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Is Fifth Third Bancorp a Stalwart Among Regional Banks?

Fifth Third Bank stock

Key Points

  • Fifth Third had a 76% LDR as of Q4 2022.
  • Fifth Third has $102 billion in available liquidity sources.
  • Its full-year 2023 revenues are expected to grow from 9% to 10%
  • The Fed implemented a mini-TARP providing liquidity for banks
  • Fifth Third Bancorp shares are trading at 6.6X forward earnings and pay a 5.2% annual dividend yield.
  • 5 stocks we like better than Fifth Third Bancorp

The Silicon Valley Bank disaster has spread contagion fears throughout the regional banking industry. Regional bank Fifth Third Bancorp (NASDAQ: FITB) stock has been pummeled with the rest of the regional banks. Shares are trading down (23.5%) for 2023. The banks are facing a “throw the baby out with the bath water” panic situation that’s seeing continued waves of selling in bank stocks. Fifth Third may be in a better position than others.

Fifth Third Bank was formed from the merger between Fifth National Bank and Third National Bank in 1908. The bank has over $200 billion in assets serving the U.S.'s Midwest and Southeast regions. Its portfolio concentrates mostly on commercial and industrial (C&I), residential real estate, and auto loans. 

Fifth Third Bank Liquidity

From its Q4 2022 earnings report, Fifth Third's allowance for credit losses (ACL) was 1.98% of its portfolio of loans and leases. It had $5.2 billion in Holding Company cash which it states is sufficient to meet all fixed obligations during a "stressed environment" for 24 months. A reassuring metric was its loan-to-core deposit ratio (LDR) of 76%, with over $102 billion in available liquidity sources. The bank expects full-year 2023 revenues to grow 9% to 10% to $9.25 billion to $9.44 billion versus $9.36 billion consensus analyst estimates. It expects net interest income to rise 13% to 14% YoY.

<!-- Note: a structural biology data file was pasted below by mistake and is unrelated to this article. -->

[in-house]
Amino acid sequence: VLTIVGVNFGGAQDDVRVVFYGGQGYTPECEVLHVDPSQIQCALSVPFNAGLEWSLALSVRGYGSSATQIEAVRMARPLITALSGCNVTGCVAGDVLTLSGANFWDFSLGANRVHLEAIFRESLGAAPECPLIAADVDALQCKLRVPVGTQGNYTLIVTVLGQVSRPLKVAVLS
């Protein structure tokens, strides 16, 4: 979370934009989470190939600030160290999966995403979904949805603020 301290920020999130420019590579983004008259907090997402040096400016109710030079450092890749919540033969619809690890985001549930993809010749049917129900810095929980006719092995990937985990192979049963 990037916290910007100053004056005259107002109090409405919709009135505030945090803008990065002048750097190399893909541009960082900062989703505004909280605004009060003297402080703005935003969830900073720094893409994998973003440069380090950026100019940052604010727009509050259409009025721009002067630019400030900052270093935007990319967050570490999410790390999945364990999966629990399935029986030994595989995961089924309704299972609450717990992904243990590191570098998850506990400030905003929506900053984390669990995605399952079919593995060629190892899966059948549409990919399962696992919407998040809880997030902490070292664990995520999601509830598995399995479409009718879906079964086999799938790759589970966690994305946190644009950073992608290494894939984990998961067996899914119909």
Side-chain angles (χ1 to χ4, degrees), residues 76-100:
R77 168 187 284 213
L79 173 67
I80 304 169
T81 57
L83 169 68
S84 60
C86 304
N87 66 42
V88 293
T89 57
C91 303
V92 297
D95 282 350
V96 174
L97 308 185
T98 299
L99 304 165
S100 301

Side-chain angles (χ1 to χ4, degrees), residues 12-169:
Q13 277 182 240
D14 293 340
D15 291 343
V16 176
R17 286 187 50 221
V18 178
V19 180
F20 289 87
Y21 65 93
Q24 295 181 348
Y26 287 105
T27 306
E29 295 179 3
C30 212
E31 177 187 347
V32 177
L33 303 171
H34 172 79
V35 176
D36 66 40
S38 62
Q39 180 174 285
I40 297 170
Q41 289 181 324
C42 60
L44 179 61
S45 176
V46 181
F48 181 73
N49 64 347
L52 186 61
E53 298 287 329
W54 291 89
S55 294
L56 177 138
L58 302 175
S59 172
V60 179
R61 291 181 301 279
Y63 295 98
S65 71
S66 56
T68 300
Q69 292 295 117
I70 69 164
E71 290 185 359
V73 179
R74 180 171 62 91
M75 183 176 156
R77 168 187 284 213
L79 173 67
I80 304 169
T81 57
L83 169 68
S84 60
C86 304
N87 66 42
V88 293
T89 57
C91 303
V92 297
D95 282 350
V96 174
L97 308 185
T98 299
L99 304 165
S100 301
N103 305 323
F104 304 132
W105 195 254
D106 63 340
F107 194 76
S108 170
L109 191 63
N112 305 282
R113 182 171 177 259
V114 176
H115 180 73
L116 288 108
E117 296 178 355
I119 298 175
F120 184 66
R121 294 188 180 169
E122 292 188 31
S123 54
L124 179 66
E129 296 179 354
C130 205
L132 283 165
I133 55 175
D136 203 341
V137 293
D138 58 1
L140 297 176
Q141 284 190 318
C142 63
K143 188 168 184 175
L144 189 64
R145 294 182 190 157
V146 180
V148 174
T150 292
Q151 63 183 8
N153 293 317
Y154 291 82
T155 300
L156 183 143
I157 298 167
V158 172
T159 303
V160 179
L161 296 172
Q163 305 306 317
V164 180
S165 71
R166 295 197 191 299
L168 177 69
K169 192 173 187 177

Fifth Third Bancorp released a statement in the wake of the Silicon Valley Bank collapse, "Fifth Third has none of the issues that are impacting some of the technology-focused banks. We are in a position of strength, with a strong balance sheet - capital, liquidity, securities positioning, and granular & stable deposits which have continued to grow."

How Did the Liquidity Crisis Unfold?

The Silicon Valley Bank and Signature Bank failures revolve around their billions in underwater treasuries that dropped as interest rates rose. The bank was bleeding as the inverse yield curve turned its loans red, with interest rates spiking nearly 4.5% in a year. Rather than take the losses, they tried to hold to maturity (HTM) to recoup the paper losses, but massive bank runs forced them to liquidate, taking the losses as counterparties turned away on new funding. This resulted in the most significant banking collapse since the financial meltdown of 2008. Naturally, this brought about contagion fears with other regional banks that didn't have to adhere to Dodd-Frank.


The Fed Provides a Mini TARP Program

The U.S. Federal Reserve stepped in, announcing plans to provide liquidity under a Bank Term Funding program for depositors to recoup their monies beyond the $250,000 FDIC insurance limit. At first, they had no plans to save the banks or shareholders. But contagion fears and systemic risk caused them to initiate a mini-TARP program that will enable banks to trade in their underwater treasuries at the maturity value, which lets them off the hook since the Fed is in a better position to hold them to maturity. The assets are what separates 2023 from 2008. In 2008, the big banks held a ton of MBS and CDOs linked to underwater prime mortgages.

NINJA Kills